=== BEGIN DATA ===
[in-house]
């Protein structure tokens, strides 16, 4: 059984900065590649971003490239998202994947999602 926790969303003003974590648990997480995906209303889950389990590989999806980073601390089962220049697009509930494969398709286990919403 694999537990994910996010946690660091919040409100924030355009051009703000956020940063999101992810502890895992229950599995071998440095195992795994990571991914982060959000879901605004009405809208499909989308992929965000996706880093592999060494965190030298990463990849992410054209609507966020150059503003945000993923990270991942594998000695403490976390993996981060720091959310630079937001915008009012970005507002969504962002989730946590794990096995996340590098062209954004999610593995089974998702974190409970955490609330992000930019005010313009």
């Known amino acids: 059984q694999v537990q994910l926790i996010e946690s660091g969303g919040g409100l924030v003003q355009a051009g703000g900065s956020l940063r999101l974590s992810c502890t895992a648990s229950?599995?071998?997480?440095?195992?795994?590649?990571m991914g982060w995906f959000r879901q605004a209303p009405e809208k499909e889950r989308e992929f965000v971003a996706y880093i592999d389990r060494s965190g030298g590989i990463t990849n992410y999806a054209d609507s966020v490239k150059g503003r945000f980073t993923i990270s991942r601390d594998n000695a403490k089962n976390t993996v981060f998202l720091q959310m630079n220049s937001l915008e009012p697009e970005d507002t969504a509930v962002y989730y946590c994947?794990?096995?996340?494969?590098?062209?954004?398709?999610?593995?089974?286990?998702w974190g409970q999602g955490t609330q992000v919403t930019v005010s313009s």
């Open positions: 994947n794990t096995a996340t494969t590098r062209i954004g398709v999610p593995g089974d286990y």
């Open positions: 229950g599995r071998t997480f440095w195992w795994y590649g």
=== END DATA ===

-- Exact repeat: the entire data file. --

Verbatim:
[in-house]
């Protein structure tokens, strides 16, 4: 059984900065590649971003490239998202994947999602 926790969303003003974590648990997480995906209303889950389990590989999806980073601390089962220049697009509930494969398709286990919403 694999537990994910996010946690660091919040409100924030355009051009703000956020940063999101992810502890895992229950599995071998440095195992795994990571991914982060959000879901605004009405809208499909989308992929965000996706880093592999060494965190030298990463990849992410054209609507966020150059503003945000993923990270991942594998000695403490976390993996981060720091959310630079937001915008009012970005507002969504962002989730946590794990096995996340590098062209954004999610593995089974998702974190409970955490609330992000930019005010313009």
């Known amino acids: 059984q694999v537990q994910l926790i996010e946690s660091g969303g919040g409100l924030v003003q355009a051009g703000g900065s956020l940063r999101l974590s992810c502890t895992a648990s229950?599995?071998?997480?440095?195992?795994?590649?990571m991914g982060w995906f959000r879901q605004a209303p009405e809208k499909e889950r989308e992929f965000v971003a996706y880093i592999d389990r060494s965190g030298g590989i990463t990849n992410y999806a054209d609507s966020v490239k150059g503003r945000f980073t993923i990270s991942r601390d594998n000695a403490k089962n976390t993996v981060f998202l720091q959310m630079n220049s937001l915008e009012p697009e970005d507002t969504a509930v962002y989730y946590c994947?794990?096995?996340?494969?590098?062209?954004?398709?999610?593995?089974?286990?998702w974190g409970q999602g955490t609330q992000v919403t930019v005010s313009s």
């Open positions: 994947n794990t096995a996340t494969t590098r062209i954004g398709v999610p593995g089974d286990y």
């Open positions: 229950g599995r071998t997480f440095w195992w795994y590649g």